Eat according to the "Women in balance plate"

Making the right food choices is better - and more sustainable - than stubbornly counting calories: Focus on high-quality foods and also fill your plate with fresh vegetables for good satiet.

We call this the "Women in Balance Plate". It not only helps you shed fat, but also provides your body with everything it needs:

4 plate diagram diet 40 plus women menopause midlife xbyx
  • 50% of your plate should be vegetables! Plenty of leafy and cruciferous vegetables, mushrooms, other vegetables & fruit (preferably berries & stone fruit). Vegetables create a feeling of "fullness" whilst being less calorie dense, allowing you to feel satiated without exceeding your calorie intake.
  • 25% are complex carbohydrates from wholegrain cereals such as oats, spelt, rice, millet, couscous etc. or starchy vegetables such as potatoes. These foods pack a powerful fibre punch!
  • 25% are proteins (preferably from plants) such as lentils & beans, but also fermented dairy products, fish, eggs, cheese, poultry in moderation and occasional portions of red meat.
  • A "swab" of good fats: they are already naturally present in many proteins, such as healthy omega 3 fats in fish. Additionally, you can also find healthy fats in olive oil, nuts & seeds, which, in moderation, should round out your plate.

Cut out or reduce anything that only provides calories but zero nutritional value: alcohol, sweets, fried foods, ready meals, sweetened drinks or "sugar-enhanced" dairy products such as fruit yogurts. Read the ingredients list and avoid added sugar.

With our Simple 7, we have put together an easy-to-implement nutritional concept for you. Read the article and use the Simple 7 as a helpful daily nutrition checklist.

What do I eat to lose weight?

Want some inspiration? We’d be happy to give it to you! Try out these foods and mix them up however you like:


  • Fruit & vegetables: apples, pears, plums, berries or sometimes a grated carrot, beet or a homemade fruit puree made from orange + chicory + fennel! If you like homemade smoothies: spinach, lamb's lettuce, kale are ready to go in the morning!
  • Complex carbohydrates + fibre: Bran or flakes made from oats, spelt, wheat - as homemade muesli or porridge and of course real whole grain bread.
  • Protein: energy protein powder, fermented milk products such as yogurt, kefir, quark, skyr, buttermilk or plant-based alternatives made from soy or peas. At the weekend, egg dishes, plant-based vegetable spreads or smoked salmon with wholemeal bread.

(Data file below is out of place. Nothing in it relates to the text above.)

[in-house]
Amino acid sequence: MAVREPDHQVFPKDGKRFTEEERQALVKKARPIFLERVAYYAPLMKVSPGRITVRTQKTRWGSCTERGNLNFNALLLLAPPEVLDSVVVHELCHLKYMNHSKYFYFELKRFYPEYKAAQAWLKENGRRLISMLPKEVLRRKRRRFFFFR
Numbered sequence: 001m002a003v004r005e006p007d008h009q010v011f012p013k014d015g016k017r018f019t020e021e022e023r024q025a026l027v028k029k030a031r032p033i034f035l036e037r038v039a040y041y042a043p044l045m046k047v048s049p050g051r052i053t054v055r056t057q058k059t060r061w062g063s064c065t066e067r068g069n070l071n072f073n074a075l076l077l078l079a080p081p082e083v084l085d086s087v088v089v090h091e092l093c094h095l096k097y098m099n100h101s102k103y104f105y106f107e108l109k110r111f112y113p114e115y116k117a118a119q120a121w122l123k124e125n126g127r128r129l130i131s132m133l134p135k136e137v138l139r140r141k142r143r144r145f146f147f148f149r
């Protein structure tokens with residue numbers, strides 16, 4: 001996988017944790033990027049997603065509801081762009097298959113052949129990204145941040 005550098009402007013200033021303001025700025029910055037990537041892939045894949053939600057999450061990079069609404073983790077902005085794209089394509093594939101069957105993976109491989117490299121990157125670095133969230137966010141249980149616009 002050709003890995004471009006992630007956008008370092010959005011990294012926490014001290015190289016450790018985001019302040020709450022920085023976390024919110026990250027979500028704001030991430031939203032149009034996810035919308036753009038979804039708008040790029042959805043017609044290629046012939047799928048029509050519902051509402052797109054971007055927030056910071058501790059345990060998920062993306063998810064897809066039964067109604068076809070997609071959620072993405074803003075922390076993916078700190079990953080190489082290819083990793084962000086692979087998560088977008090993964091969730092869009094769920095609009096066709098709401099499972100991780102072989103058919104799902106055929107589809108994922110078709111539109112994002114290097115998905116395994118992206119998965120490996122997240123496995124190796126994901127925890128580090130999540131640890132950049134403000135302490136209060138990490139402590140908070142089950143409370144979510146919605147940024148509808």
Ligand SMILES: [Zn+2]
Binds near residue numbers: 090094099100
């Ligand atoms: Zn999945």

• Fats: for healthy fats, choose e.g. linseed or chia, a handful of nuts, linseed oil or algae oil (all omega).


  • Vegetables: vegetable stir-fries, soups or stews, salads or bowls in colorful variations - whatever the seasonal calendar, fridge and freezer have to offer, including cauliflower, celery, peas, carrots, spinach, leek, savoy cabbage - all briefly steamed or chopped and simply sautéed in a little olive oil. Or raw on wholemeal bread: sauerkraut, kimchi, peppers, tomatoes, radishes, radishes, spring onions or cress.
  • Complex carbohydrates + fibre: millet, whole grain couscous, green spelt, quinoa, amaranth, buckwheat, brown rice and whole grain pasta
  • Proteins: all types of beans and lentils, soy (edamame, tofu, tempeh), chickpeas (hummus), peas, fish (3 or more times a week), eggs (2-3 a week), cheese, poultry (about once a week), red meat (max. 1-2 a month)
  • Fats: again, choose between rapeseed oil, avocado oil, olive oil, linseed oil ... Always mix your own dressing for salads and bowls (saves calories and sugar!)

Herbs and spices give your food the right pizzazz. And with their phytochemicals, they also make an important contribution to a healthy diet.


Be careful not to eat too heavy, especially in the evening. See what is good for you and which foods help you sleep well. How about:

  • Vegetables: a nice vegetable soup (simply steam vegetables briefly, puree, add broth & spices) or a "salad" of briefly steamed vegetables - often better in the evening
  • Complex carbohydrates + fibre: whole grain bread or a garnish in the soup such as couscous, whole grain rice, bulgur or golden millet
  • Proteins: cottage cheese, quark or hummus on wholemeal bread or add a nice piece of fish - fried herring, tuna in its own juice or herring. A portion of mung beans, lentils or kidney beans can be added to the vegetable soup.

What about snacks in between meals?

Ideally, you should eat so much at mealtimes that you don't need any snacks at all. If that doesn't work, then it's best to snack according to the same principle: protein + complex carbohydrates + fibre. We've put together a whole range of healthy snack ideas to help you lose weight.

And very important: don't get stuck on what the scales show you. If you manage to feel more energetic throughout the day, you've already gained a lot of quality of life!

Sources & References

Short- and Long-Term Eating Habit Modification Predicts Weight Change in Overweight, Postmenopausal Women: Results from the WOMAN Study, Journal of the Academy of Nutrition and Diabetics, Vol 112, Issue 9, P1347-1355.E2, Sept 01, 2012

Healthy Eating Plate, Harvard Health